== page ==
14. 14. 3. Gluten in wheat and other grains may cause symptoms. Or may not. If low-FODMAP diet is not followed, gluten or wheat pills have caused symptoms in very selected patients (2 Italian & 1 Australian study) If low-FODMAP diet was followed, gluten pills did not cause more symptoms than whey protein (1 Australian study) 14
    15. 15. Gluten caused bowel symptoms in a highly selected population (no FODMAP restrictions at the same time) • A highly selective sample of patients with subjective feeling of gluten intolerance was exposed to blinded gluten challenge • 60 % of patients reported improvement in symptoms • Symptoms didn’t improve in 32 % patients • The test was done on purified gluten (no extra FODMAPs and bran on top of gluten) www.pronutritionist.net15 Biesiekierski et al. Gluten Causes Gastrointestinal Symptoms in Subjects Without Celiac Disease: A Double-Blind Randomized Placebo-Controlled Trial. Am J Gastroenterol. 2011 Mar;106(3):508-14
    16. 16. Later study from the same investigators: gluten caused no symptoms when low-FODMAP diet was followed at the same time • When IBS patients with self- reported gluten sensitivity were re-challenged with gluten pills they experienced no more (any) symptoms than on placebo • The study differs from the previous study in that the participants followed low FODMAP diet at the time of re- challenge 16 Biesiekierski J et al. Effects of Gluten in Patients With Self-Reported Non-Celiac Gluten Sensitivity After Dietary Reduction of Fermentable, Poorly Absorbed, Short-Chain Carbohydrates. Gastroenterology 2013; 145, 320–328.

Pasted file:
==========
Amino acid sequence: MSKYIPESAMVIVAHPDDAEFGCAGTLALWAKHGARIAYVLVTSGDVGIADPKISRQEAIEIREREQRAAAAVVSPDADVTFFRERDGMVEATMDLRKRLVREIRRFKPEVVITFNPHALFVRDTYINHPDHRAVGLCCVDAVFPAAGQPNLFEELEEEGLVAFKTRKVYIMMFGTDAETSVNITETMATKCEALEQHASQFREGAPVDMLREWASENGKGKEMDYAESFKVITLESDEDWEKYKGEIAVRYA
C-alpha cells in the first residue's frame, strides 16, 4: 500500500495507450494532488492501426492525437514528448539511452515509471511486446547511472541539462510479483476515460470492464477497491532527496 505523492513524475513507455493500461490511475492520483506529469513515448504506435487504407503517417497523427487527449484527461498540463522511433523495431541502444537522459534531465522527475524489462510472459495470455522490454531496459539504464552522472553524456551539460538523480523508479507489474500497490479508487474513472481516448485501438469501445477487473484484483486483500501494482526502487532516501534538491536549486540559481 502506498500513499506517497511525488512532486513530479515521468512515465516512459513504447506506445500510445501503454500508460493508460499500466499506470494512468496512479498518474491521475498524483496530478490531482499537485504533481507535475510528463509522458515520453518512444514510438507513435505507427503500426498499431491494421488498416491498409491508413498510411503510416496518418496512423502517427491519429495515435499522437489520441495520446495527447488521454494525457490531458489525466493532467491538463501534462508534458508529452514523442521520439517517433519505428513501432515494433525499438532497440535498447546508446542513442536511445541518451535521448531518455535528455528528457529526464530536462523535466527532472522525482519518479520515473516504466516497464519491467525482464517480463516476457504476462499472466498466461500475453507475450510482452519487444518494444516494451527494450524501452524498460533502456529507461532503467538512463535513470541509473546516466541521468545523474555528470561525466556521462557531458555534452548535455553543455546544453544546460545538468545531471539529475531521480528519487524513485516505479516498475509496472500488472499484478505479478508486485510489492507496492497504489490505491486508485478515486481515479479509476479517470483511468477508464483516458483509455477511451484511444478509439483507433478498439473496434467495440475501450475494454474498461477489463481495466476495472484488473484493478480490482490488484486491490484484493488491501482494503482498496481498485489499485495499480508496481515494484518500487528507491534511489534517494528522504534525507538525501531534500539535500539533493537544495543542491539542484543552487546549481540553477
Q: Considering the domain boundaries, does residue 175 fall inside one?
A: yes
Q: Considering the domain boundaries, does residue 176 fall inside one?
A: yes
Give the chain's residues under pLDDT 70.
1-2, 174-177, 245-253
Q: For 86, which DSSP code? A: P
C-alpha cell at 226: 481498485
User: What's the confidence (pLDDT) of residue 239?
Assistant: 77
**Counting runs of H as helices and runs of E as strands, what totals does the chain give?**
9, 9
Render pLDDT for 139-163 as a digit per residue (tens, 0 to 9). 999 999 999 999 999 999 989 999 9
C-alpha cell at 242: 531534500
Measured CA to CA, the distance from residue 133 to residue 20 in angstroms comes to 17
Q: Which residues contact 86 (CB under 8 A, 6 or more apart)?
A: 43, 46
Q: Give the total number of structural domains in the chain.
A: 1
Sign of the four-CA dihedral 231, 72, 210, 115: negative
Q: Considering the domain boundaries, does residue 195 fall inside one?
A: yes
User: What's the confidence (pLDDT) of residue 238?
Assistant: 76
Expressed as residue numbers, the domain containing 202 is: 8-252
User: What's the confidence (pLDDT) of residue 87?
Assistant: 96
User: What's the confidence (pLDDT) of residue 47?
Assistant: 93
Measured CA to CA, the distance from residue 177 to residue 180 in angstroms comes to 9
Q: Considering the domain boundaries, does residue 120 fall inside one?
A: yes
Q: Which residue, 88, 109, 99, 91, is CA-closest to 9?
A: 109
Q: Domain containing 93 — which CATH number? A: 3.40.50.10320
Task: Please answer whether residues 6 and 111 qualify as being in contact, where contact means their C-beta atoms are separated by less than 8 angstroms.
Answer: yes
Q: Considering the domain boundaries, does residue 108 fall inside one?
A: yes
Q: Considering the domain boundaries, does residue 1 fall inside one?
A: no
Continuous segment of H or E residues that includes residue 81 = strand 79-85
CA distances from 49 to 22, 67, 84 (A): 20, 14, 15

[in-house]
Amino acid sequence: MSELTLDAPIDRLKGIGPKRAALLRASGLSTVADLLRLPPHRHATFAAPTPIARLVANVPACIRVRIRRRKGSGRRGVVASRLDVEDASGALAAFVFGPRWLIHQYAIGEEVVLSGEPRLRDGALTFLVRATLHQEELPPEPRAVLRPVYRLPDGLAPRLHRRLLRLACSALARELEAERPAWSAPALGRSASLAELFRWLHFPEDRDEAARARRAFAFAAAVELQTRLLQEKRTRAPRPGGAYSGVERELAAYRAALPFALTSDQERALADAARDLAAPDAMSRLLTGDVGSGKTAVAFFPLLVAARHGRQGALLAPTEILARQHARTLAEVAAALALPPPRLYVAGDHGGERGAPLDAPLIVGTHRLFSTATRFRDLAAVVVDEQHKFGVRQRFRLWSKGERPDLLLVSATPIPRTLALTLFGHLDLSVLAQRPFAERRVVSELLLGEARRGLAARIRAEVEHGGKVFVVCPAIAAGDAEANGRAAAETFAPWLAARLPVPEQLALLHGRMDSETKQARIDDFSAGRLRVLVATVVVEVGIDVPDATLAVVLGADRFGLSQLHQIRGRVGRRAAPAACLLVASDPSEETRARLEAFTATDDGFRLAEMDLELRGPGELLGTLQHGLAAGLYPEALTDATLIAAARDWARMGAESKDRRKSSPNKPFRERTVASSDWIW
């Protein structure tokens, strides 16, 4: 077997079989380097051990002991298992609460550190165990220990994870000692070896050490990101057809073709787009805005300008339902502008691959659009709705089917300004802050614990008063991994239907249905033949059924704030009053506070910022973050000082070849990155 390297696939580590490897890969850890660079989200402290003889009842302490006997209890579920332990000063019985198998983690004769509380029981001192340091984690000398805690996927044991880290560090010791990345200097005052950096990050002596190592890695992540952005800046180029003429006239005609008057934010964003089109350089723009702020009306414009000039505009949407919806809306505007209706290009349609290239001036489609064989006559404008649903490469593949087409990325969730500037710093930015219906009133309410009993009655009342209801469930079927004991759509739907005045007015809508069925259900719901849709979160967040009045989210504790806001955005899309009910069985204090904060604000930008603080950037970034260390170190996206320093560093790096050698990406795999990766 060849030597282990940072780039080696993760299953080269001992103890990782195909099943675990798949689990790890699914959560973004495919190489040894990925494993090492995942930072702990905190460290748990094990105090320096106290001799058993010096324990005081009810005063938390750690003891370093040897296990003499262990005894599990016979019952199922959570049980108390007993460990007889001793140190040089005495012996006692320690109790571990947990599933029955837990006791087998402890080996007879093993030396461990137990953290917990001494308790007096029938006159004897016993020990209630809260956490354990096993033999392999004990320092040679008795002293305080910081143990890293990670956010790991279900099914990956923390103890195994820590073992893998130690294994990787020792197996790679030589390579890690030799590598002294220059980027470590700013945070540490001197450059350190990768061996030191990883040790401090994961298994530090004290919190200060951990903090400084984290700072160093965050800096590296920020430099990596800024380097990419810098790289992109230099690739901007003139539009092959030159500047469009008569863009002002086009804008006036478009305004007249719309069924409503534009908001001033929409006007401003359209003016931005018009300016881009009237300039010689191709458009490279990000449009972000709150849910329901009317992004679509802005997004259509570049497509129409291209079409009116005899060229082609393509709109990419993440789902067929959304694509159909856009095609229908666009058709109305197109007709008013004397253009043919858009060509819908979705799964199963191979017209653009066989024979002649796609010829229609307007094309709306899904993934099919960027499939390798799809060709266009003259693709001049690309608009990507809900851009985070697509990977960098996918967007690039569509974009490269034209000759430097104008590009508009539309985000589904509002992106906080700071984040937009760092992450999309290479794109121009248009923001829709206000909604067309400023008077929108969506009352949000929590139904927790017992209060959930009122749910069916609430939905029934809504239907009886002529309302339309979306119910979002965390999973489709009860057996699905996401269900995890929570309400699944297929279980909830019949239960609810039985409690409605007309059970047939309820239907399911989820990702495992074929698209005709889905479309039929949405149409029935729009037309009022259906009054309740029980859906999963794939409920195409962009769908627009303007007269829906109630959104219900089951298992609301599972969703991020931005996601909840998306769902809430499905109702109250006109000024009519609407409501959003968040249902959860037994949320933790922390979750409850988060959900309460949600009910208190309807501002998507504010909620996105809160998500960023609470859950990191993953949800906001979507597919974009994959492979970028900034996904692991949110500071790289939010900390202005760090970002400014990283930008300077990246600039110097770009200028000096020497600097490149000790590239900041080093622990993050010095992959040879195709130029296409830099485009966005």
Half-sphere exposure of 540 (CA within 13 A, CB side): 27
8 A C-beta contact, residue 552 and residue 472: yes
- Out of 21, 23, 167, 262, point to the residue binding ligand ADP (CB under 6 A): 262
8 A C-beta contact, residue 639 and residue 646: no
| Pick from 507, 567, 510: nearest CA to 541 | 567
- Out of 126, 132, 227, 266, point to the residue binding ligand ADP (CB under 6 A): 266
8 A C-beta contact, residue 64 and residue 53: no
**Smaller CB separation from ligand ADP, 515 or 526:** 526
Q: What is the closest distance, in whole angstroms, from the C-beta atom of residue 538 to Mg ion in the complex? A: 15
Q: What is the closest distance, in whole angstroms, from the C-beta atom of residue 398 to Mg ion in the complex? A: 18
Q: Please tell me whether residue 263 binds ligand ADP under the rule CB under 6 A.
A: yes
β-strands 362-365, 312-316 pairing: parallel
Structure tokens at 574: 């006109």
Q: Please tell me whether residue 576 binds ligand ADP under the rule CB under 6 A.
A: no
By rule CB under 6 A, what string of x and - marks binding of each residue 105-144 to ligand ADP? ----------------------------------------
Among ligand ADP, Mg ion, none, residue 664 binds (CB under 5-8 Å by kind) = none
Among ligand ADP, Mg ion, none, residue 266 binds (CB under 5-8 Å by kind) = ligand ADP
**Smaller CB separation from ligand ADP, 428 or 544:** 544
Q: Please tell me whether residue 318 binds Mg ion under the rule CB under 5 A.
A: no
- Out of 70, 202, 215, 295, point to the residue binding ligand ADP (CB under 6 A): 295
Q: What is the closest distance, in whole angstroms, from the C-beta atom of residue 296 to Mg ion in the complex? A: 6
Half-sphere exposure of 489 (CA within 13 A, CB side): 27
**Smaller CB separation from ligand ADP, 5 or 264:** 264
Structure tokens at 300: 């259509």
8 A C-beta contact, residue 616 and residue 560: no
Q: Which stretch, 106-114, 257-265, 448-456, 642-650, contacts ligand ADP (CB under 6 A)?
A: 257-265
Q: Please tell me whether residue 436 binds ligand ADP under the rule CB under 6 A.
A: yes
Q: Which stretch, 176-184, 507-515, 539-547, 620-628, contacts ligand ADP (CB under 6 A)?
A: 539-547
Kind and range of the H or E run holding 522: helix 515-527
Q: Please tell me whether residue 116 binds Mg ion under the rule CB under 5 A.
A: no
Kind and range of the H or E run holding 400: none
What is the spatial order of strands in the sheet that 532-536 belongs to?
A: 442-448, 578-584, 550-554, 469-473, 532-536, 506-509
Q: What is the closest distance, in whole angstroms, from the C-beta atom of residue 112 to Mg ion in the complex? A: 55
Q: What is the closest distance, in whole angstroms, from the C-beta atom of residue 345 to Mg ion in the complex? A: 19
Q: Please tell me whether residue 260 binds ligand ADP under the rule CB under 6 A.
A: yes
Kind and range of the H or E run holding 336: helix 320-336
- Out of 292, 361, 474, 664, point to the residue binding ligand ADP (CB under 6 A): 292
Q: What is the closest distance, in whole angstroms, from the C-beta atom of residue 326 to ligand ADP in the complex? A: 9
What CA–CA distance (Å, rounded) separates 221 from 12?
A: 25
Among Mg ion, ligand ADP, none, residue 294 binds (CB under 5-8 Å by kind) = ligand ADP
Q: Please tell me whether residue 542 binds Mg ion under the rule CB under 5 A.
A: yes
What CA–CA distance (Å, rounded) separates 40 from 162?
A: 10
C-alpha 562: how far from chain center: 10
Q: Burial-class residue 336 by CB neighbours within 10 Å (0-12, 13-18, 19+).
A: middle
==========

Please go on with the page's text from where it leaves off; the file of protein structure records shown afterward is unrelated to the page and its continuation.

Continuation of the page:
17. 17. Wheat challenge in a highly selected population • 30 % IBS patients with subjective wheat sensitivity actually show wheat sensitivity in blinded wheat challenge test (12 g/d) • In those who proved to be wheat intolerant, a dramatic increase in pain, bloating and stool consistency was observed during wheat period • Bran and FODMAPs may contribute to symptoms as they were not controlled in this trial www.pronutritionist.net17 Changes in symptom severity over baseline during the double- blind placebo-controlled wheat challenge: 2 weeks on wheat- containing diet and 2 weeks on placebo. Carroccio A et al. Non-Celiac Wheat Sensitivity Diagnosed by Double-Blind Placebo-Controlled Challenge: Exploring a New Clinical Entity, Am J Gastroenterol. 2012 Jul 24. doi: 10.1038/ajg.2012.236.